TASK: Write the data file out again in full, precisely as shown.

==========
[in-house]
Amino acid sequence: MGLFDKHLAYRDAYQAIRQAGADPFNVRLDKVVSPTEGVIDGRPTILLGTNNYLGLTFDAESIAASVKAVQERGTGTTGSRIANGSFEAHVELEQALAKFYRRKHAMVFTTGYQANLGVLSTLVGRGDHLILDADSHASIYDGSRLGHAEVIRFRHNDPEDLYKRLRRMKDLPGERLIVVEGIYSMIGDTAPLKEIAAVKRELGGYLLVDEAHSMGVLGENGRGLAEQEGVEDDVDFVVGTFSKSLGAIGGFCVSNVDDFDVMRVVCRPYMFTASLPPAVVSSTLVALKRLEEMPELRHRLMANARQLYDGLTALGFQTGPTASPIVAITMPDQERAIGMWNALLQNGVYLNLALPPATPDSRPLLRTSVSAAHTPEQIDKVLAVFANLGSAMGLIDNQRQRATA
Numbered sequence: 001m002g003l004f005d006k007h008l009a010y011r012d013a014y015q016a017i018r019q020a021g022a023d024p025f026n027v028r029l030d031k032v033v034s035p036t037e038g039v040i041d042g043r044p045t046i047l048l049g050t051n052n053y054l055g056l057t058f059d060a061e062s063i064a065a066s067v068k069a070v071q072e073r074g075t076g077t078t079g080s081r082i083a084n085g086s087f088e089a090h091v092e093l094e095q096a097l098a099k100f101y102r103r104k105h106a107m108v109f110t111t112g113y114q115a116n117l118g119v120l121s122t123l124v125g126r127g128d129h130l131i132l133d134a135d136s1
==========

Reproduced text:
[in-house]
Amino acid sequence: MGLFDKHLAYRDAYQAIRQAGADPFNVRLDKVVSPTEGVIDGRPTILLGTNNYLGLTFDAESIAASVKAVQERGTGTTGSRIANGSFEAHVELEQALAKFYRRKHAMVFTTGYQANLGVLSTLVGRGDHLILDADSHASIYDGSRLGHAEVIRFRHNDPEDLYKRLRRMKDLPGERLIVVEGIYSMIGDTAPLKEIAAVKRELGGYLLVDEAHSMGVLGENGRGLAEQEGVEDDVDFVVGTFSKSLGAIGGFCVSNVDDFDVMRVVCRPYMFTASLPPAVVSSTLVALKRLEEMPELRHRLMANARQLYDGLTALGFQTGPTASPIVAITMPDQERAIGMWNALLQNGVYLNLALPPATPDSRPLLRTSVSAAHTPEQIDKVLAVFANLGSAMGLIDNQRQRATA
Numbered sequence: 001m002g003l004f005d006k007h008l009a010y011r012d013a014y015q016a017i018r019q020a021g022a023d024p025f026n027v028r029l030d031k032v033v034s035p036t037e038g039v040i041d042g043r044p045t046i047l048l049g050t051n052n053y054l055g056l057t058f059d060a061e062s063i064a065a066s067v068k069a070v071q072e073r074g075t076g077t078t079g080s081r082i083a084n085g086s087f088e089a090h091v092e093l094e095q096a097l098a099k100f101y102r103r104k105h106a107m108v109f110t111t112g113y114q115a116n117l118g119v120l121s122t123l124v125g126r127g128d129h130l131i132l133d134a135d136s1